As the 499 paper ballots were hand counted for a third time in the cafeteria of Minnie Howard Ninth Grade Center, one pile of ballots seemed much larger than the other two. Republicans quietly milled about the room until the counting was done, cracking the inevitable jokes about "hanging chads" and "discerning the will of the voters" as committee leaders double-checked their math. When the final tally was scrawled in black Sharpie, it became clear to the Alexandria City Republican Committee leaders that one candidate had taken a decisive lead in the two-hour canvass — former Vice Mayor Bill Cleveland. When asked for a comment on his victory, Cleveland used his familiar catchphrase.
"Fantastic!" Cleveland said as Republicans cheered his victory in the parking lot.
The former vice mayor’s return to politics represents a challenge for Democrats, who currently hold all the elective offices in city government. Cleveland is a candidate with a proven track record of receiving electoral support, twice receiving the title of vice mayor as the result of garnering more votes than any other member of City Council. Democrats have already launched a campaign against the former vice mayor, attacking his record on City Council and as well as his losing races for mayor in 2003 and sheriff in 2005.
"This is someone who’s lost every head-to-head race he’s ever run," said former Councilman David Speck at Democratic hopeful Justin Wilson’s kickoff party last week. "And he cast more anti-budget votes than any other member of council."
A NATIVE OF PITTSBURGH, Cleveland graduated from Schenley High School in 1968. Soon afterward, he was drafted into the Army and deployed to Vietnam. From December 1968 to December 1969, Cleveland was stationed near the Mekong Delta. He’s now a member of the American Legion, and his memories of Vietnam are still a vivid recollection.
"Everyday was like the Fourth of July," said Cleveland. "Bombs were going off all the time."
By the time he returned to the United States the steel mills in Pittsburgh had shut their doors, so Cleveland came to Alexandria to live with relatives. He took positions working security for George Washington University and Northern Virginia Community College before landing a job with the Capitol Police in 1974. In the late 1970s, he worked with neighbors and police officers to create a neighborhood watch program for Warwick Village.
"We cut crime 98.8 percent in one year," he said. "It was a concept, and we worked to make it happen."
Cleveland launched his political career in 1988 with a race for City Council. In 1991 and 2000, he received more votes than any other council candidate — a distinction that earned him the spot of vice mayor. Yet he struggled to translate his popularity on council into winning campaigns for mayor and sheriff. In 2003, Democrat Bill Euille received 10,427 votes for mayor while Cleveland garnered 8,234. In 2005, Democrat Dana Lawhorne took 19,445 ballots for sheriff while Cleveland took only 13,945. Yet Republicans say they hope to use the quick calendar of the special election in their favor.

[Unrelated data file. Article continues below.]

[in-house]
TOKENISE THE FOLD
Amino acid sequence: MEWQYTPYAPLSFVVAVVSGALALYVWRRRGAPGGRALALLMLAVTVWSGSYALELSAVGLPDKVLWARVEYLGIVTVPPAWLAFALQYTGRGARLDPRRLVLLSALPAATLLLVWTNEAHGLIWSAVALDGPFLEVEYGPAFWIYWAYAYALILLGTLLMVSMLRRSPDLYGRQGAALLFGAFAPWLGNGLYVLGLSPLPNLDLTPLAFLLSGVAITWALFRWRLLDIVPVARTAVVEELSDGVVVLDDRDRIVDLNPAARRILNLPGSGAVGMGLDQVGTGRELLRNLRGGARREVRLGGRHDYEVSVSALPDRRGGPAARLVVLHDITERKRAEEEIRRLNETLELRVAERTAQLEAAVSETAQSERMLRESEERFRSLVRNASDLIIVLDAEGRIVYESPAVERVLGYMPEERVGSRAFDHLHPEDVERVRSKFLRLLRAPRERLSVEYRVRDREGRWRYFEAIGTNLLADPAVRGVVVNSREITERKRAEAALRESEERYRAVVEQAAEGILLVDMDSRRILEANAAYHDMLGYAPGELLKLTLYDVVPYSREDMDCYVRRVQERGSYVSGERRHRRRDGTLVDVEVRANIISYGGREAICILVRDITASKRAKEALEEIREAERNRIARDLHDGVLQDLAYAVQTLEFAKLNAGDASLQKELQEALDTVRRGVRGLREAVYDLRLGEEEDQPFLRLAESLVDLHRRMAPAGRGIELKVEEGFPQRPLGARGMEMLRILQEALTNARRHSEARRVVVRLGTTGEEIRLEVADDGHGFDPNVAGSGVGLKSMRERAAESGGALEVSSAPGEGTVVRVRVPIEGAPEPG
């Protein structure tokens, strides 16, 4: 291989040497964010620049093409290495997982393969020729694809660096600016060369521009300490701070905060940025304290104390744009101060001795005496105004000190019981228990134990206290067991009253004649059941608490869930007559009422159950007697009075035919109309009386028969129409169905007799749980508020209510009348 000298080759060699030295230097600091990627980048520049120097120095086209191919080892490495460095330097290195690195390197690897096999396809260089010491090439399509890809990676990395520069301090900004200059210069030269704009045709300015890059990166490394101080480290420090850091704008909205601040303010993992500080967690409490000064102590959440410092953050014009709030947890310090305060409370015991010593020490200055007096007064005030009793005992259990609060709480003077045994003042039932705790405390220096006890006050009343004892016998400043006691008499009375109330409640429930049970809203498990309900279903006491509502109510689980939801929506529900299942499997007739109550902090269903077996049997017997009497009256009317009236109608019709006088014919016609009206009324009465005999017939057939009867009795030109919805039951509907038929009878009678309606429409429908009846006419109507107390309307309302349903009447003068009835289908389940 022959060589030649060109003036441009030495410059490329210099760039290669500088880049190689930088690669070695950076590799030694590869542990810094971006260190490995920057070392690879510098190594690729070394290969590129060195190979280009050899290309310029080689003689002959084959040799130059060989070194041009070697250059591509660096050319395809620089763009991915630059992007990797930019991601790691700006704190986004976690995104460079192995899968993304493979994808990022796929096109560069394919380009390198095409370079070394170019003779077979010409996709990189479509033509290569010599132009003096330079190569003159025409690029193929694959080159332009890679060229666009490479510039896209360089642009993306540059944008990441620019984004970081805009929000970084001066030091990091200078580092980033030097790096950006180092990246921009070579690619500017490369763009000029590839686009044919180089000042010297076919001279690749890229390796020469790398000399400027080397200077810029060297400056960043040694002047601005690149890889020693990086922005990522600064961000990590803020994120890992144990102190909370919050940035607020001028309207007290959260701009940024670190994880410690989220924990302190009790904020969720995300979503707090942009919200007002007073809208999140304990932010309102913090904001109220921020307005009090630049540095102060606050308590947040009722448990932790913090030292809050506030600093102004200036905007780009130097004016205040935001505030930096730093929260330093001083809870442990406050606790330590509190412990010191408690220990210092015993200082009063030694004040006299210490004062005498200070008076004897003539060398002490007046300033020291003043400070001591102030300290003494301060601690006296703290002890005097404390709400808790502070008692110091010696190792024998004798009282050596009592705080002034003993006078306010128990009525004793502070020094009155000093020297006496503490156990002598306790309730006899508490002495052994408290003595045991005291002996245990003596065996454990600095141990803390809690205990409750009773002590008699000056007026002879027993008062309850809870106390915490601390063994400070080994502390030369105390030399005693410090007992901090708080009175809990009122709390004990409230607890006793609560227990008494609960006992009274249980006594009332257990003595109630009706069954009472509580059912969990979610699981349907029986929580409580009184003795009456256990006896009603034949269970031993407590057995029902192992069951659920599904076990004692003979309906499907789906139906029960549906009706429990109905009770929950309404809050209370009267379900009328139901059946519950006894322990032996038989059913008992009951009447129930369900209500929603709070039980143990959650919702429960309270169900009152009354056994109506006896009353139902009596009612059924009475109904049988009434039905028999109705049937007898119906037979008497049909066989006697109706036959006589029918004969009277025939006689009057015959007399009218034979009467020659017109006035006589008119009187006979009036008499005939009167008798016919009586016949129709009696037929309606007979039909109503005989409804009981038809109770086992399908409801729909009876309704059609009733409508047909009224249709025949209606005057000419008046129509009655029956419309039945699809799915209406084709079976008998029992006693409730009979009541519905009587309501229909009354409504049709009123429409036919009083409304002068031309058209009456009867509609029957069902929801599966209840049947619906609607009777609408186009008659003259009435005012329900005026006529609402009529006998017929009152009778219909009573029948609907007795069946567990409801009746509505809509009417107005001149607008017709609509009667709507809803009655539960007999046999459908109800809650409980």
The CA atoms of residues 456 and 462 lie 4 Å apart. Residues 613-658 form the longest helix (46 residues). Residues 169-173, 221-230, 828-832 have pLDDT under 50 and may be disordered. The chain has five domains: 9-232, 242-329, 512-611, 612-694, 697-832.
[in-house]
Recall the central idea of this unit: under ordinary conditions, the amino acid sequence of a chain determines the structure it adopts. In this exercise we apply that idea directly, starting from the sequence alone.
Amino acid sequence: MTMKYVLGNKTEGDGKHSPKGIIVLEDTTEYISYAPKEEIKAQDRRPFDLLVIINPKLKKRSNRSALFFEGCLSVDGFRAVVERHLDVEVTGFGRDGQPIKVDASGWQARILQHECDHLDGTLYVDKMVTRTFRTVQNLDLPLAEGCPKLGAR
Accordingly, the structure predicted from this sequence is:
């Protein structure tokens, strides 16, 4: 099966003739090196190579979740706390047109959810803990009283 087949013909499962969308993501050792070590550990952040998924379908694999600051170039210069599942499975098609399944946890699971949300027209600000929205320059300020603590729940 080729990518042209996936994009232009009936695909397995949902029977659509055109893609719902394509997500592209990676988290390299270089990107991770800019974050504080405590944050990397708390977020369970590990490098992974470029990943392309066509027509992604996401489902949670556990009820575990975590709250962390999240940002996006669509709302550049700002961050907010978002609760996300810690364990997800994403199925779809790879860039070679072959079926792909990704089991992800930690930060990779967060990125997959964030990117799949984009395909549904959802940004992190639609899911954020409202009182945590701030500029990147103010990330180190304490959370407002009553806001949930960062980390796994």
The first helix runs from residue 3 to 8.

"One key part of our strategy was to get an early start," said Chris Marston, chairman of the Alexandria Republican City Committee. "We have 10 days to talk about our candidate before the Democrats have their nominee. In a quick election like this, 10 days is an important head start."
ON MANY ISSUES, Cleveland said that he is not yet ready to form an opinion. On the controversial matter of Jones Point Park, for example, he said he wanted to hear from residents before making a decision. Yet on other topics, Cleveland returned to the kind of positions that were familiar to him during his years on City Council. Casting himself as a "fiscal conservative," Cleveland said that he disagreed with the City Council’s recent decision to raise the tax rate in violation of the target members set for themselves last year.
"If I set a target for myself, I’m going to accomplish it," he said. "My word is my bond."
Cleveland said he would be critical of the Mayor Euille’s proposed use of the city’s zoning ordinance to force bars and restaurants to ban smoking, saying that he felt it discriminated against smokers. He said that he would not turn down campaign contributions from developers, although he added that he would not allow the money to influence his vote. Referring to his work with the Untouchables, a group to help at-risk youth, Cleveland said that he hoped to focus his campaign on the welfare of children.
"I know budgets. I know planning. And I know the Old and Historic District," said Cleveland after being informed of his victory Tuesday night. "Now it’s about going door to door and explaining that to voters."
With the July 17 special election fast approaching, Republicans are eager to get a head start on the Democrats, who won’t choose their candidate until June 9. Now that Cleveland has beat out GOP rivals Pat Troy and Lisa Miller, the party regulars hope to frame their candidate as the most experienced in the field — one who frequently voted against budgets in an effort to battle the strain of growing property tax bills.
"Both Democrats and Republicans will be challenged to get their votes out," said Bernie Schultz, who ran as a Republican candidate for City Council last year. "Because a lot of people take summer vacations, absentee ballots will be crucial in this election."